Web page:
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July 22nd, 2012
03:00 AM ET

Muslim Olympians wrestle with Ramadan dilemma

By Richard Allen Greene and Aroub Abdelhaq, CNN

London (CNN)– Olympic judo competitor Hemeed Al Drie plans to sin during the Games in London, he admits with a grin.

"God is merciful and compassionate, even when our sins are many," said Al Drie, kneeling on a mat while martial artists hurled each other to the floor around him.

Al Drie's sin isn't what you might expect. It's that he is planning to eat and drink while the sun is up during the Olympics, even thought the Games fall smack in the middle of the Muslim holy month of Ramadan.

Observant Muslims are supposed to fast during Ramadan, abstaining from all food and drink, even water, during daylight hours, then eating and drinking after sundown. Fasting for the month is a major religious obligation, one of the Five Pillars of Islam.

But Al Drie, 19, knows that fasting on days when he has up to six judo matches against the world's best competitors would doom his chances of winning.

"If you don't eat and you enter a competition, you might faint," he said. That would lead to instant elimination.

So Al Drie is going to stick to his normal competition diet.

CNN's Belief Blog: The faith angles behind the big stories

"Maybe some people will fast, and that's good for them. But for me, I can't risk losing any of my matches," he said.

Al Drie, who is from the United Arab Emirates, isn't alone in facing the Ramadan dilemma. It's not clear exactly how many Muslim athletes are competing in the Olympics this year, but more than one in five people around the world - about 23% - is Muslim, according to estimates by the Pew Forum on Religion & Public Life.

Religious experts in Saudi Arabia determine the starting date of Ramadan each year based on the phase of the moon.

Muslim athletes face a particular challenge because there are so many hours of daylight in London during the Games, says sports nutritionist Hala Barghout.

"It's a 17-hour fast in London. It's not like here in the Middle East," said Barghout, from the United Arab Emirates.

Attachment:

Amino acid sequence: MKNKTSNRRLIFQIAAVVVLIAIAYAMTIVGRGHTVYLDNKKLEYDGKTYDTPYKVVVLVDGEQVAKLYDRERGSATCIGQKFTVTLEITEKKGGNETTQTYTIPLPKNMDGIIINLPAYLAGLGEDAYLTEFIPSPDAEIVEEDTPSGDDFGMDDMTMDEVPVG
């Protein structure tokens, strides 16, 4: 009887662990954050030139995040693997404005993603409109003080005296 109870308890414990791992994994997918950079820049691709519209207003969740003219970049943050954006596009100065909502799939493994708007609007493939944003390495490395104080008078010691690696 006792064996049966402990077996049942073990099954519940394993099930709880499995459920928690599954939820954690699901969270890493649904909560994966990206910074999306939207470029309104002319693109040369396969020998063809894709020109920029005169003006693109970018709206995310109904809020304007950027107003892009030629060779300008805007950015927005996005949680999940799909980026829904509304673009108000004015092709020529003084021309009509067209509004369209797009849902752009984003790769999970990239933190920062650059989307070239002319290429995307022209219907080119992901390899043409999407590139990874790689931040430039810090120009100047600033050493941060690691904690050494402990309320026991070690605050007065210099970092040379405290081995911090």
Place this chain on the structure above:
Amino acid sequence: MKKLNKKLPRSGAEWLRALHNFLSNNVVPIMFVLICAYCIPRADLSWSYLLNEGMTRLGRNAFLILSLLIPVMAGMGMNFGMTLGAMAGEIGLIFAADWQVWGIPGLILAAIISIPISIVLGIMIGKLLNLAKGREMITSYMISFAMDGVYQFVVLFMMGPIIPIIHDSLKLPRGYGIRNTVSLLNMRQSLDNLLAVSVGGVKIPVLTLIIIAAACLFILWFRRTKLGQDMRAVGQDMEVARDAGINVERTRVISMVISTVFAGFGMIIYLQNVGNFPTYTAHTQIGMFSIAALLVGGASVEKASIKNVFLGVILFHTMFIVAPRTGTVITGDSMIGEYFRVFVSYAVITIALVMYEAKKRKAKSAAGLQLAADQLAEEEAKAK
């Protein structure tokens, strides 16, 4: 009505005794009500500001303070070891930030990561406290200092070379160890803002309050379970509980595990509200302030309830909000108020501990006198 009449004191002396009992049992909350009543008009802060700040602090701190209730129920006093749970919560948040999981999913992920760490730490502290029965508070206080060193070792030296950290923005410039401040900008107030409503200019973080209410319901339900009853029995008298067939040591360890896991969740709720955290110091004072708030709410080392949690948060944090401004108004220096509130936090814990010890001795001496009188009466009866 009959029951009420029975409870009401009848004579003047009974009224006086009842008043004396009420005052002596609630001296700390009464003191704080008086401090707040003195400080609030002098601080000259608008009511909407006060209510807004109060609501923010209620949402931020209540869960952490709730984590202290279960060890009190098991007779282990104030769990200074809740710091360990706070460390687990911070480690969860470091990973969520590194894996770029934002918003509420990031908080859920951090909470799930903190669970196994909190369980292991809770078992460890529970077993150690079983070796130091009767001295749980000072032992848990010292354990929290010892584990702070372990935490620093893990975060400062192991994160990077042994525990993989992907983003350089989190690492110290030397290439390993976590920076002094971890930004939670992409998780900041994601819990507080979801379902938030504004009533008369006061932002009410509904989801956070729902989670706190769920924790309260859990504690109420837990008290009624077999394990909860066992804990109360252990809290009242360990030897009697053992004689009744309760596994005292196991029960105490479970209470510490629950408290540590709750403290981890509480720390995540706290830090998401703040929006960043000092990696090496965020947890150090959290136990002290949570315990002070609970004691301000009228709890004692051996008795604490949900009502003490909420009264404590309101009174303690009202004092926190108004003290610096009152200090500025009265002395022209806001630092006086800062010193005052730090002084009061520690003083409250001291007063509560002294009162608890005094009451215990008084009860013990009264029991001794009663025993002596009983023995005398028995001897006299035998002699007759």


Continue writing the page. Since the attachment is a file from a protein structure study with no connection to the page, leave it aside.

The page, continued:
It is "physically impossible" for a world-class athlete to stuff as much food as they need into their body during the seven hours of darkness that remain, she said.

"How much can a person eat in one meal? You can't have, say, 3,000 or 4,000 calories in one meal. You need time to digest," she said. Three thousand calories is the amount that the U.S. government recommends that an active man in his 20s eat in an entire day.

Explain it to me: Ramadan

But one of the leading Islamic religious leaders in the Middle East says Muslims competing in the Olympics should observe the daytime fast, regardless of how it affects their performance.

"Playing sports is not a requirement in Islam. Players become athletes by choice. This optional activity, therefore, does not allow athletes to break their fast," said Ahmed Abdul Aziz Al Haddad, the grand mufti of Dubai.

Muslim athletes must also observe the fast because they are representing Islam at the Olympics, Al Haddad said.

"They must be ambassadors of their faith," he said. "Meaning that Islam must be present in their actions, and they do not fall into anything that Islam forbids."


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Competitors may eat or drink if fasting is threatening their health, he said.
"If a person feels extreme fatigue, sharia allows him to break his fast. Sharia is flexible," he said, using the Arabic word for Islamic law.

"But to immediately break your fast without being hungry or thirsty is the same as submitting to your cravings and lusts, and not putting God's desire before your own," the religious scholar argued.

Not all Muslim authorities agree with Al Haddad.

British Olympic rower Moe - for Mohamed - Sbihi has discussed the problem with his imam, and decided not to fast during the Games.

He plans to feed 1,800 hungry people in Morocco after the Games as compensation for not fasting during the holy month, and will observe a fast later.

"It was a hard decision for me to make," said Sbihi, who was born in Britain to an English mother and Moroccan father.